He has had diabetes for five years. He also has had hypercholesterolemia. He has had Crohn's disease for 25 or 30 years. He has had a colostomy for four years. He has arthritis, which is reportedly related to the Crohn's disease. He has hypertension and coronary artery disease and is status post stent placement. He has depression. He had a kidney stone removed about 25 years ago.CURRENT MEDICATIONS:
He takes Actos, Ambien, baby aspirin, Coreg, Entocort, folic acid, Flomax, iron, Lexapro 20 mg q.h.s., Lipitor, Pentasa, Plavix, Protonix, Toprol, Celebrex and Zetia.ALLERGIES:
He states that Imuran caused him to develop tachycardia.SOCIAL HISTORY:
He previously worked with pipeline work, but has been on disability for five years. He is unsure which symptoms led him to go on disability. He has previously smoked about two packs of cigarettes daily for 20 years, but quit about 20 years ago. He denies alcohol or illicit drug use. He lives with his wife. He does not really have any hobbies.FAMILY HISTORY:
His father died of a cerebral hemorrhage at age 49. His mother died in her 70s from complications of congestive heart failure. He has one sister who died during a cardiac surgery two years ago. He has another sister with diabetes. He has one daughter with hypercholesterolemia. He is unaware of any family members with neurological disorders.REVIEW OF SYSTEMS:
He has dyspnea on exertion. He states that he was evaluated by a pulmonologist and had a normal evaluation. He has occasional night sweats. His hearing is poor. He occasionally develops bloody stools, which he attributes to his Crohn's disease. He also was diagnosed with sleep apnea. He does not wear his CPAP machine on a regular basis. He has a history of anemia. Otherwise, a complete review of systems was obtained and was negative except for as mentioned above. This is documented in the handwritten notes from today's visit.PHYSICAL EXAMINATION:
Vital Signs: Blood pressure 160/86 HR 100 RR 16 Wt 211 pounds Pain 3/10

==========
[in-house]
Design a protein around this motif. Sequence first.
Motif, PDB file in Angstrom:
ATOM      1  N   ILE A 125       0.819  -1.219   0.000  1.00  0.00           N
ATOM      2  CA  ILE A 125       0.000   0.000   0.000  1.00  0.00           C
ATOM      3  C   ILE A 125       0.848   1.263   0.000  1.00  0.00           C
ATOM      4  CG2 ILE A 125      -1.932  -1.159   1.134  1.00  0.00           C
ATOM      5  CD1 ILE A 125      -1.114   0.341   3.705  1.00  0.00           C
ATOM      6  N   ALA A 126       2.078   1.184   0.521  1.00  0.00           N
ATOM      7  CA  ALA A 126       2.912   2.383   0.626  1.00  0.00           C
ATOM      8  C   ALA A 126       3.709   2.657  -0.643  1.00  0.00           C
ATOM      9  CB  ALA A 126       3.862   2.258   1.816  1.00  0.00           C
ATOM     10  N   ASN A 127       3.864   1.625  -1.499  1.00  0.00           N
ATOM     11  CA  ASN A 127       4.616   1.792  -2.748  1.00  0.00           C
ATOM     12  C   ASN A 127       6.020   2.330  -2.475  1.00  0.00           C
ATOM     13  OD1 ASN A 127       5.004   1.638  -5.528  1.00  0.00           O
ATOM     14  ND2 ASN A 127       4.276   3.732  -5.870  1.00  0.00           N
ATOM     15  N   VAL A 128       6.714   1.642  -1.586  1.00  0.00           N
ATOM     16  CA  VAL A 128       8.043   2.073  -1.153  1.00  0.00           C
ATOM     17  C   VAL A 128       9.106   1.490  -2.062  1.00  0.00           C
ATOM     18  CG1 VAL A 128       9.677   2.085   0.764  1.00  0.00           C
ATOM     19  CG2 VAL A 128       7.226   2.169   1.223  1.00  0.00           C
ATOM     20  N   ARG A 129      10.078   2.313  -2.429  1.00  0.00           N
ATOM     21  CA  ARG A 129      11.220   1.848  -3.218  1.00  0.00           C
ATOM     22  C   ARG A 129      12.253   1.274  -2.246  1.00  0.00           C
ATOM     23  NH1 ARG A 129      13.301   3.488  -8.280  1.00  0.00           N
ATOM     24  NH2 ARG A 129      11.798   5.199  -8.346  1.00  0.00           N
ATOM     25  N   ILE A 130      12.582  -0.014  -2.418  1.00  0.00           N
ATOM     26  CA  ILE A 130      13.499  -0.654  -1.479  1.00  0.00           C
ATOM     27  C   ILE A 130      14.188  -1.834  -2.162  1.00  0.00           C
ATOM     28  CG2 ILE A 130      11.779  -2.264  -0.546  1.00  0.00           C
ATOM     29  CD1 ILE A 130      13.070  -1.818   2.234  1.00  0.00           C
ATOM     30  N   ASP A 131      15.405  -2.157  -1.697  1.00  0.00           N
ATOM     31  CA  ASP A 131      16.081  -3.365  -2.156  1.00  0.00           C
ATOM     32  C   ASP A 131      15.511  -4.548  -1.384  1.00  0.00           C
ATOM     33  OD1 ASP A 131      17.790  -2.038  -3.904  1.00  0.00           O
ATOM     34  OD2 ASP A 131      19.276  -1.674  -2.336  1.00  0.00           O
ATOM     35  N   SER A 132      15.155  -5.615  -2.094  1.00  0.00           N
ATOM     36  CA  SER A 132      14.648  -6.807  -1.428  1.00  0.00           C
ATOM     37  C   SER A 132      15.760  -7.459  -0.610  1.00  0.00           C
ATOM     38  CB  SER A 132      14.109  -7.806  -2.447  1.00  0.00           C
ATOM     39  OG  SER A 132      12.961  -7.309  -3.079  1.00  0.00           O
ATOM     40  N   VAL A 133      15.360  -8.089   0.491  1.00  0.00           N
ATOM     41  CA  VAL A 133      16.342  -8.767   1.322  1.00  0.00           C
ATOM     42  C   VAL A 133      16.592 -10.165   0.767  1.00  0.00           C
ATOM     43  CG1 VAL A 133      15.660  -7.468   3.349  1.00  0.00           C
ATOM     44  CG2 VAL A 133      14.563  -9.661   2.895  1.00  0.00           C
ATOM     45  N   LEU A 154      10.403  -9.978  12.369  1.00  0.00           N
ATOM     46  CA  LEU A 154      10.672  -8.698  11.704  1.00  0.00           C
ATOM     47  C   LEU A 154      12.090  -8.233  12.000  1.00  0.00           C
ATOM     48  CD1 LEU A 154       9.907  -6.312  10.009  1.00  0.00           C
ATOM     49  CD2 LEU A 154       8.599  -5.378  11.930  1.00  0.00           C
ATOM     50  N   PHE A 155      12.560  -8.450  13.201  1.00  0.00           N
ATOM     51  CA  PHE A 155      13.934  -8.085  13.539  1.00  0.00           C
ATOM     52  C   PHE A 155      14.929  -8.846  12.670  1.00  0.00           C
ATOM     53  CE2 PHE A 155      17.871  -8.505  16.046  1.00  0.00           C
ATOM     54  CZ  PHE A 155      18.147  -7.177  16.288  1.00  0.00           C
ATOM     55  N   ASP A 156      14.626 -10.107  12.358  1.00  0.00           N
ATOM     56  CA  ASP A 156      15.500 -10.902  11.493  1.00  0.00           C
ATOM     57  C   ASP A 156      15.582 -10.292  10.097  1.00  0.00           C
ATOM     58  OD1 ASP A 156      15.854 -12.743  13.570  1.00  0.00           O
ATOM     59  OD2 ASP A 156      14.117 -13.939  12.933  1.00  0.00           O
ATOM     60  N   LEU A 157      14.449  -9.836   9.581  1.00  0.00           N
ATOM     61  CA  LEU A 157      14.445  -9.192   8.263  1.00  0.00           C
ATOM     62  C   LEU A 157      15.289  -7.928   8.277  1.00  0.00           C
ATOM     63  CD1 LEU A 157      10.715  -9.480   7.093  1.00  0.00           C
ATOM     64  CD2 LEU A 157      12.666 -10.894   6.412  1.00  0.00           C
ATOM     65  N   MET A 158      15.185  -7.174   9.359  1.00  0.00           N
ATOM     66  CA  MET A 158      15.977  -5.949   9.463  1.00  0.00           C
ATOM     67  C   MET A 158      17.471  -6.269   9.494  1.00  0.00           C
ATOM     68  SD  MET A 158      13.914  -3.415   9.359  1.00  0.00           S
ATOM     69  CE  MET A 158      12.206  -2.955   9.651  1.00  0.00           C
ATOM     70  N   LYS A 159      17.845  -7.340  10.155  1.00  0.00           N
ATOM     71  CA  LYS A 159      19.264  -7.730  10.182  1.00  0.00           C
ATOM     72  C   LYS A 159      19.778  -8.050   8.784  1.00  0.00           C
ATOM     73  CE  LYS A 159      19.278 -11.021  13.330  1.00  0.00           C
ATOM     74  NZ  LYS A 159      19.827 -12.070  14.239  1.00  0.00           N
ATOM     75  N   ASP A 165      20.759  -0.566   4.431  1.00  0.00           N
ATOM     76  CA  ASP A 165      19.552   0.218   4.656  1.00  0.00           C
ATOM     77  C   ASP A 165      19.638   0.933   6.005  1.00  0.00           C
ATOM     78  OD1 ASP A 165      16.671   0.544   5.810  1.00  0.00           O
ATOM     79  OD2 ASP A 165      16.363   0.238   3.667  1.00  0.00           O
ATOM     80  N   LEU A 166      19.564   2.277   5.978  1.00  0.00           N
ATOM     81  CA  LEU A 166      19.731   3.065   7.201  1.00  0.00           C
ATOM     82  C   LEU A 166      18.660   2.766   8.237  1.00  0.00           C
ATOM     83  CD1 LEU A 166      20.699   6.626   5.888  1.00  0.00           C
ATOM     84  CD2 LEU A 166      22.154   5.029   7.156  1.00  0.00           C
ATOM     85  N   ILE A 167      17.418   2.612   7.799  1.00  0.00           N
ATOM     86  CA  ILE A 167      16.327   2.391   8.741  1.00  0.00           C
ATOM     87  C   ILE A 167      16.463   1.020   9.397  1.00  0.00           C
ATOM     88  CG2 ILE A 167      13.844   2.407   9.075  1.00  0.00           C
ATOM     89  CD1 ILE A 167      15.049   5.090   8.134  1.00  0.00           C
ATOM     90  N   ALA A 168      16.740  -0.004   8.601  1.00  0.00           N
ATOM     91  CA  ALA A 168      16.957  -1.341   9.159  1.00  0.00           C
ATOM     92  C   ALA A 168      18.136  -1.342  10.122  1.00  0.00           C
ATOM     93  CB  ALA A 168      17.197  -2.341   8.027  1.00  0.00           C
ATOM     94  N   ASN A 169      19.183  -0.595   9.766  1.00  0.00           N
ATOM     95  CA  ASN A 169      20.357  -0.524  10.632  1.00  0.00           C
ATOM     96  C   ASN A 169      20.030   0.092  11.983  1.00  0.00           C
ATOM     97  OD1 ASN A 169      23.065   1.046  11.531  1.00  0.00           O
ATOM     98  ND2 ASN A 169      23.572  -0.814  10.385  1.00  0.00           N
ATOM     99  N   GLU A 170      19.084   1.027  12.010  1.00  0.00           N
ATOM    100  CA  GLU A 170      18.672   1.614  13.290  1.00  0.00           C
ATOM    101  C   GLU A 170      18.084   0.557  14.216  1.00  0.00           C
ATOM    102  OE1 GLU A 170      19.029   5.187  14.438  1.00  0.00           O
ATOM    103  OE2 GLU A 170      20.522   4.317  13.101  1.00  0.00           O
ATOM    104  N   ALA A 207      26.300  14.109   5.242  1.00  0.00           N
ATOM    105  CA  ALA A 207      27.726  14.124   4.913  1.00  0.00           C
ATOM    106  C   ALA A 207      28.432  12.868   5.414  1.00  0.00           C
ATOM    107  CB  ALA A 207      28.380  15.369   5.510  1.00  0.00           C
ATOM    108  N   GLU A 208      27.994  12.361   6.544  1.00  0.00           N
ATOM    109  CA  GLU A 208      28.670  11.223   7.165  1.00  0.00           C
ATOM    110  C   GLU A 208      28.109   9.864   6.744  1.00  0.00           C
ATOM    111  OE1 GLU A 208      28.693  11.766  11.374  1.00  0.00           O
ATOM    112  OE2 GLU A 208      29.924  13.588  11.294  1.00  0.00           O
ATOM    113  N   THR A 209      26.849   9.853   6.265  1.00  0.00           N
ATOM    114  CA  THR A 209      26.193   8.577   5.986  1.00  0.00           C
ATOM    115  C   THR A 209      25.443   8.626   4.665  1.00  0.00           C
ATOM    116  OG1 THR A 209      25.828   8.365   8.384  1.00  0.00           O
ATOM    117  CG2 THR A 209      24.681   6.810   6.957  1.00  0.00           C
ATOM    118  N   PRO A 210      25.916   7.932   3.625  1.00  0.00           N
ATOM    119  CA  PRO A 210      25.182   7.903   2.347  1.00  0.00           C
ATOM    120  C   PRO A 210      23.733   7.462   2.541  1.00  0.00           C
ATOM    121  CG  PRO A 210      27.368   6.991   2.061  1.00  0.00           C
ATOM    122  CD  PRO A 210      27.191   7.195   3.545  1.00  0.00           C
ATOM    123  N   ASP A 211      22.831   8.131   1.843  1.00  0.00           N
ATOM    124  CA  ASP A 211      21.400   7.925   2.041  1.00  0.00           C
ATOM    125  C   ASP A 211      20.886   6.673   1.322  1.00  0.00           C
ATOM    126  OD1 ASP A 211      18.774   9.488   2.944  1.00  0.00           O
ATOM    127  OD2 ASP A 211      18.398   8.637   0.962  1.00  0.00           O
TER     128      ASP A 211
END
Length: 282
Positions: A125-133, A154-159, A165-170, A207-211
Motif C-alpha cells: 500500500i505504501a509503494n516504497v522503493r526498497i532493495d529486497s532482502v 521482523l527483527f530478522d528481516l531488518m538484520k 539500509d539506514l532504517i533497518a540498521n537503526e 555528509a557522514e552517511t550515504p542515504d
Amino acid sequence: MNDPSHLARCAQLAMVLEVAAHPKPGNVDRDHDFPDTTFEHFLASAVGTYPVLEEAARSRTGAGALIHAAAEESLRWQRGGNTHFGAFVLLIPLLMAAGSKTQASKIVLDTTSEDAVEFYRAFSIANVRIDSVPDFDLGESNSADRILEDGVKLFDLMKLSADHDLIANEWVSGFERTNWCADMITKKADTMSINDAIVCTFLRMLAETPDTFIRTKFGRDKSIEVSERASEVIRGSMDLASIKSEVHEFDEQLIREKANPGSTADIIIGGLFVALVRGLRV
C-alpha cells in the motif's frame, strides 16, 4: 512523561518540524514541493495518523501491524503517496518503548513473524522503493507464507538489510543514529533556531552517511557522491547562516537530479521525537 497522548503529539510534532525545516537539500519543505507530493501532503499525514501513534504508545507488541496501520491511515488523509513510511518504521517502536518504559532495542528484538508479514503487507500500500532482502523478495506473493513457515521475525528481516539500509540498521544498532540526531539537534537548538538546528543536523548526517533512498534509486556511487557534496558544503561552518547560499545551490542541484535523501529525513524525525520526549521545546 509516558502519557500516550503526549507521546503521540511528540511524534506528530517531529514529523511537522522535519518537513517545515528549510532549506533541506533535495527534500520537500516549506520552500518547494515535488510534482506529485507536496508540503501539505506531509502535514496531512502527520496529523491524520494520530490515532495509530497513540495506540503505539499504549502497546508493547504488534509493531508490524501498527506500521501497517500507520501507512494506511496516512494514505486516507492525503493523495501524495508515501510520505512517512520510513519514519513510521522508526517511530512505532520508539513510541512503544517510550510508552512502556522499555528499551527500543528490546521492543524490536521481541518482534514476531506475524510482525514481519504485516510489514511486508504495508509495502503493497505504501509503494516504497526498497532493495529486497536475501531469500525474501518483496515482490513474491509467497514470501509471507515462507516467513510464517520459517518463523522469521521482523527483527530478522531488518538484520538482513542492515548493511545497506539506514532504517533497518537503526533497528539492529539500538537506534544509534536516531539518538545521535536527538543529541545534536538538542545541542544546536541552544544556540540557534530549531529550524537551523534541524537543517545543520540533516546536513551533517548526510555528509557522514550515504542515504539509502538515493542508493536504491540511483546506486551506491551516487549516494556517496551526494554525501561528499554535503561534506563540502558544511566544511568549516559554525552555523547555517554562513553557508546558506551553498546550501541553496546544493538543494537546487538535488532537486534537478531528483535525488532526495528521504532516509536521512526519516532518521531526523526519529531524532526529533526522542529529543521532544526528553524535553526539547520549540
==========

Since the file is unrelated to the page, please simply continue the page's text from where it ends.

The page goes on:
General Appearance: He is well appearing in no acute distress. He has somewhat of a flat affect.
Cardiovascular: He has a regular rhythm without murmurs, gallops, or rubs. There are no carotid bruits.
Chest: The lungs are clear to auscultation bilaterally.
Skin: There are no rashes or lesions.
Musculoskeletal: He has no joint deformities or scoliosis.NEUROLOGICAL EXAMINATION:
Mental Status: His speech is fluent without dysarthria or aphasia. He is alert and oriented to name, place, and date. Attention, concentration, and fund of knowledge are intact. He has 3/3 object registration and 1/3 recall in 5 minutes.
Cranial Nerves: Pupils are equal, round, and reactive to light and accommodation. Visual fields are full. Optic discs are normal. Extraocular movements are intact without nystagmus. Facial sensation is normal. There is no facial, jaw, palate, or tongue weakness. Hearing is grossly intact. Shoulder shrug is full.
Motor: He has normal muscle bulk and tone. There is no atrophy. He has few fasciculations in his calf muscles bilaterally. Manual muscle testing reveals MRC grade 5/5 strength in all proximal and distal muscles of the upper and lower extremities. There is no action or percussion myotonia or paramyotonia.
Sensory: He has absent vibratory sensation at the left toe. This is diminished at the right toe. Joint position sense is intact. There is diminished sensation to light touch and temperature at the feet to the knees bilaterally. Pinprick is intact. Romberg is absent. There is no spinal sensory level.